What a superb find this is, a new star, a new name for you to remember, and we honestly think you will get very excited about this album when you hear it. Fresh ideas are plentiful and the whole album fairly cracks along at a most addictive pace - lots of pure keyboard dynamics pour out with ease, multi layered synths and loads of those types of melody that Pickford used to conjure up in his early career are here, even bettered in places. After a small intro track lasting just 24 seconds, Gert Emmens launches into "Elektra Part1" (10.43) and it's terrific! The melody is very strong and memorable - an archetypal foot tapper - pure exciting E.M.,anthemic and classy and it recalls the better compositions of Paul Ward, Michael Shipway or the long forgotten Megabyte. After 7 minutes plus the whole thing changes into analogue sequencer-led, pacey, in yer face electronics with a very deep top line superimposed prior to the fadeout. The next track, Elektra Part 2 (32.55) starts with superb gregorian chant/Enigma style voices over an awe inspiring Tangerine Dream soaked explosion of sound - what isn't happening in this epic track isn't real - you would be forgiven if you thought Chris Franke himself was hiding in the mix manipulating the key and pace changes and the subtle sound programming! Track 4. Elektra Part 3 (10 .36) is a medium paced thumper with mind blowing sequences and a "top of the shop" melody line - synth-dripping, finger-playing keyboard sounds! The bonus and final track "The Sign of the Sentinel"(6.18) is an atmospheric floater - washes of sound over a sequenced backdrop with loads of clever effects and "squiggly" sounds. An impressive debut - a great effort, a triumph that should not be missed.
opens with a cheesy vocoder voice, sounding like those evil robots from the
eighties American sci-fi show Battlestar Galactica. However, it doesn't take
long at all for the excellent music that follows to make you forget all about
that. Gert Emmens provides exceptionally strong compositions with crisp
melodies and pace. Though there is a heavy dose of cool retro analog sounds,
they are used much differently than most recent electronic music. No long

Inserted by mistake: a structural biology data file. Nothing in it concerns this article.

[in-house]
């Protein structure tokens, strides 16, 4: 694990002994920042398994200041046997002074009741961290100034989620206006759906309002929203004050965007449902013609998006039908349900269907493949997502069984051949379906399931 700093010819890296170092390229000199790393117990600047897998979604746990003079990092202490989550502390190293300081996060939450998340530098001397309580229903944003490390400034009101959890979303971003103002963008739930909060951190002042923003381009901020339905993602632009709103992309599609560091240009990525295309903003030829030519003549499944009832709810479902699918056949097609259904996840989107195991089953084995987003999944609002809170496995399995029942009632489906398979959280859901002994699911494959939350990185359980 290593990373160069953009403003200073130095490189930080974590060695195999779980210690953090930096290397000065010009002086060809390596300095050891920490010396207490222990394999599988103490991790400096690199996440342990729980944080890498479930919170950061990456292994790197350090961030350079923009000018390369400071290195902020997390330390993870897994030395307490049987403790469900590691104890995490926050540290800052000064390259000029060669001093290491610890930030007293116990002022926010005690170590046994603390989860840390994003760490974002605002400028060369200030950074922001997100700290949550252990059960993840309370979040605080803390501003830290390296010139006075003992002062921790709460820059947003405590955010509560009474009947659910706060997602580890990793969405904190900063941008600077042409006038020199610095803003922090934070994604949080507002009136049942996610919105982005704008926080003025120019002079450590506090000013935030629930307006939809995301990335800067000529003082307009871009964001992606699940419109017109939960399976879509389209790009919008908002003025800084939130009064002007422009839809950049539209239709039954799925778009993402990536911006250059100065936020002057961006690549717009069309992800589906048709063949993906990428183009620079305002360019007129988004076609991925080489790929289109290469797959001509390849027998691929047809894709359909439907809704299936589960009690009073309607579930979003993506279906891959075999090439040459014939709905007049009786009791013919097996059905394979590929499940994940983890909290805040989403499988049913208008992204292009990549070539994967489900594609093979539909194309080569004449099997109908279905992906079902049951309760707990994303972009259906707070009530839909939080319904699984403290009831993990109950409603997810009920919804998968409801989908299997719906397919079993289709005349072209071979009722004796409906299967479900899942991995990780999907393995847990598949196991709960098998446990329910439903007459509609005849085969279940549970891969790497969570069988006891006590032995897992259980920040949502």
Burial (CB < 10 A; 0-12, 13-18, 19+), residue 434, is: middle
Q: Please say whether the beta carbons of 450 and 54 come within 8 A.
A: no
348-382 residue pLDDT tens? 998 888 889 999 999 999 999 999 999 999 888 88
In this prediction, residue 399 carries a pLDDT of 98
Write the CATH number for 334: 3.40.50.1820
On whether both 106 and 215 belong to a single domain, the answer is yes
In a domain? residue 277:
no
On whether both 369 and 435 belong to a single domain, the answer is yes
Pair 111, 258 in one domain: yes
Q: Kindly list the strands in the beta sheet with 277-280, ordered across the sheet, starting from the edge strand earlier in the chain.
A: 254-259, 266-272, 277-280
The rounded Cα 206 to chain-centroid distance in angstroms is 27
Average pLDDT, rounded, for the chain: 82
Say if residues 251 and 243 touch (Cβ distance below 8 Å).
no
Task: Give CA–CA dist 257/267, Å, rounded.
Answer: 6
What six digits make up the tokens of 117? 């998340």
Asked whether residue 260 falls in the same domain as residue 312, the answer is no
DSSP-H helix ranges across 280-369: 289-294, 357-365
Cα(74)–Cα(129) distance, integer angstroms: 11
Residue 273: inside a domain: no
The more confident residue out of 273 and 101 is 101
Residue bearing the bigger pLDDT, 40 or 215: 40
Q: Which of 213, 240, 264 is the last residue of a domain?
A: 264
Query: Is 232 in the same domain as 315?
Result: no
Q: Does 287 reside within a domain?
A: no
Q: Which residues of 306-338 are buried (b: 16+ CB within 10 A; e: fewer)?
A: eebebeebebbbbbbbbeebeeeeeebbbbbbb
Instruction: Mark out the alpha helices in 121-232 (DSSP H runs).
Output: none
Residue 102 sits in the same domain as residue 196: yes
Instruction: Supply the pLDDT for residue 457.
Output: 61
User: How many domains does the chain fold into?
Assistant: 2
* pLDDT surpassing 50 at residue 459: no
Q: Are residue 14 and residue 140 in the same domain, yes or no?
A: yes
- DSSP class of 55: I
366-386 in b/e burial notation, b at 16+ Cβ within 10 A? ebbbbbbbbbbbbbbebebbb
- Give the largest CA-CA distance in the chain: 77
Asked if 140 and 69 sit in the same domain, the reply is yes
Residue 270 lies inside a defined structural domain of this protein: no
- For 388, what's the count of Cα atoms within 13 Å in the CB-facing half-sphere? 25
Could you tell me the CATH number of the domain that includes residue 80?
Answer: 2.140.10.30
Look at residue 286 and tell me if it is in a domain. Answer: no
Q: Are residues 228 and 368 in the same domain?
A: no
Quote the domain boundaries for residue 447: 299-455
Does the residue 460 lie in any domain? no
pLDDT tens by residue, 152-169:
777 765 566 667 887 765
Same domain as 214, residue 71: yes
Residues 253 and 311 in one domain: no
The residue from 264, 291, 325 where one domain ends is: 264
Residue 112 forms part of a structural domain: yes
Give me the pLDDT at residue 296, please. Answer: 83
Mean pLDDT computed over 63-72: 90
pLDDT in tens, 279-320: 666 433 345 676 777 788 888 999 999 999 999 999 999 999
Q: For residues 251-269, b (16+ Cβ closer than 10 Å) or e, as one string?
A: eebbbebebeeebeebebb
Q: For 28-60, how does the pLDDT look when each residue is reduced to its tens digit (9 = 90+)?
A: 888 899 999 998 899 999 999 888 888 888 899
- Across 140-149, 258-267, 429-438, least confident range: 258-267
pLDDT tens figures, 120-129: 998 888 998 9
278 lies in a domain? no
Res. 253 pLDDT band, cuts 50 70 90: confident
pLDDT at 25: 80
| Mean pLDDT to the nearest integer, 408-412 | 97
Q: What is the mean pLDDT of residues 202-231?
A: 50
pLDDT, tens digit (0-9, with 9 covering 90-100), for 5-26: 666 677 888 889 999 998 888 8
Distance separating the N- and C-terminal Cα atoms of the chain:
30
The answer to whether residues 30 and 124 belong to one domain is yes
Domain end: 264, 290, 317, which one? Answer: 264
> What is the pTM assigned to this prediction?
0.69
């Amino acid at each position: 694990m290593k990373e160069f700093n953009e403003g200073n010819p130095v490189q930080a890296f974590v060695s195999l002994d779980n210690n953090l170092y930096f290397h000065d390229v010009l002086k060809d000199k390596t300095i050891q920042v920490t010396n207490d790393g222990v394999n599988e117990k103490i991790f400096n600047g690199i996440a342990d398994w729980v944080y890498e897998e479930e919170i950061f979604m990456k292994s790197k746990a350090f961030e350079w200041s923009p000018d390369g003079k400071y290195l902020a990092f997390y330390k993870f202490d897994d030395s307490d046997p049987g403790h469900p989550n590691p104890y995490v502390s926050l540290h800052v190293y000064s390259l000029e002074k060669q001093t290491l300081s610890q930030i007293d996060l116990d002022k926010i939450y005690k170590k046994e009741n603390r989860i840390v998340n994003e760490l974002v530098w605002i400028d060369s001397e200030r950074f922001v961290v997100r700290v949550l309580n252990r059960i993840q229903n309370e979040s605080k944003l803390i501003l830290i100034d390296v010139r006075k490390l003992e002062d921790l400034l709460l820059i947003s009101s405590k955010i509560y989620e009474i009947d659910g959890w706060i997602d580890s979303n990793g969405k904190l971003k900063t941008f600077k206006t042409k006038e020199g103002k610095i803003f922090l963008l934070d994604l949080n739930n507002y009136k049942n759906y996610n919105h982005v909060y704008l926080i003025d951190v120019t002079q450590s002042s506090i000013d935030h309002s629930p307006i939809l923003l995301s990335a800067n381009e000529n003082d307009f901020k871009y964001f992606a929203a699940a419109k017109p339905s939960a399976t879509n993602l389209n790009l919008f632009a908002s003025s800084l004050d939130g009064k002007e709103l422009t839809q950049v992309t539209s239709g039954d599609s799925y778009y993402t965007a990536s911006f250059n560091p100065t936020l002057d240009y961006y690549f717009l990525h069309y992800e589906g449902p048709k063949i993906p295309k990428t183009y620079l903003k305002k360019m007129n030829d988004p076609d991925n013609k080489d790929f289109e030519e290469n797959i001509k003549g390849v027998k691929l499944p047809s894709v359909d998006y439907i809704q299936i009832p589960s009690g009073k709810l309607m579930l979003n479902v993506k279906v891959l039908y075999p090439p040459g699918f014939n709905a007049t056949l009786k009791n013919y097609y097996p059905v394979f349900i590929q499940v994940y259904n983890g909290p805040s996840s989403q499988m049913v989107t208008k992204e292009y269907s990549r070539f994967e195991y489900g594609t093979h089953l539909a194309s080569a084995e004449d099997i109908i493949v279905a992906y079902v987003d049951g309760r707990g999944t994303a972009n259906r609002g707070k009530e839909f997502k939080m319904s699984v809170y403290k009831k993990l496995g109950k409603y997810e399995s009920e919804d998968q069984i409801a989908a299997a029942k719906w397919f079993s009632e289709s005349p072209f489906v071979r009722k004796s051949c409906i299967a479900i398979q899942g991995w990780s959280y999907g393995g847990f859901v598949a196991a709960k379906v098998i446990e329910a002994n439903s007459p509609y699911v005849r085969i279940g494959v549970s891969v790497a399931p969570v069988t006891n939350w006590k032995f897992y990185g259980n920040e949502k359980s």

sequencer passages, no layers of hypnotic effects, even though the cover art
showing rows of analog knobs and switches imply it.
(former writer for
Wind and Wire,
the magazine, as well as Dreams Word and currently a reviewer for a
variety of websites and magazines)
Graham Getty of SMD (Synth Music Direct):
album is somewhat of a surprise. Festooned with analogue modular wallpaper, the
sleeve suggests we’re in for another "Berlin School" offering. The fact
that the 3 part title track takes up over 50 minutes of the album reinforces the
expectation. ‘Part 3’ is over 30 minutes long - other than space drift and
sequencer epics, what else can occupy such a duration? Late 80’s / early
90’s uptempo pieces usually stick around the 5 minute mark - but string enough
of them together and you can really come up with something very entertaining
indeed. And that’s exactly what ‘Elektra’ is all about.
of quality, modern, sequencing will be bowled over by this. It presents section
after section of superbly constructed electro- rhythmics, bound together with
some fine themes and textures. Few avenues are left unexplored. Chris Franke in
‘London Concert’ form often comes to mind, so does Robert Schroeder (eg from
20 mins into track 3), and inevitably TDream especially during the numerous
bridging sections. Only the occasional dance beat, and the odd Enigma monkish
chant, suggest that this was mainly recorded during 1998.
With so many differing styles that could be classified as EM in existence, it’s good to hear that there are still albums appearing which offer EM in its purest form. Make no mistake, this is one of ‘em.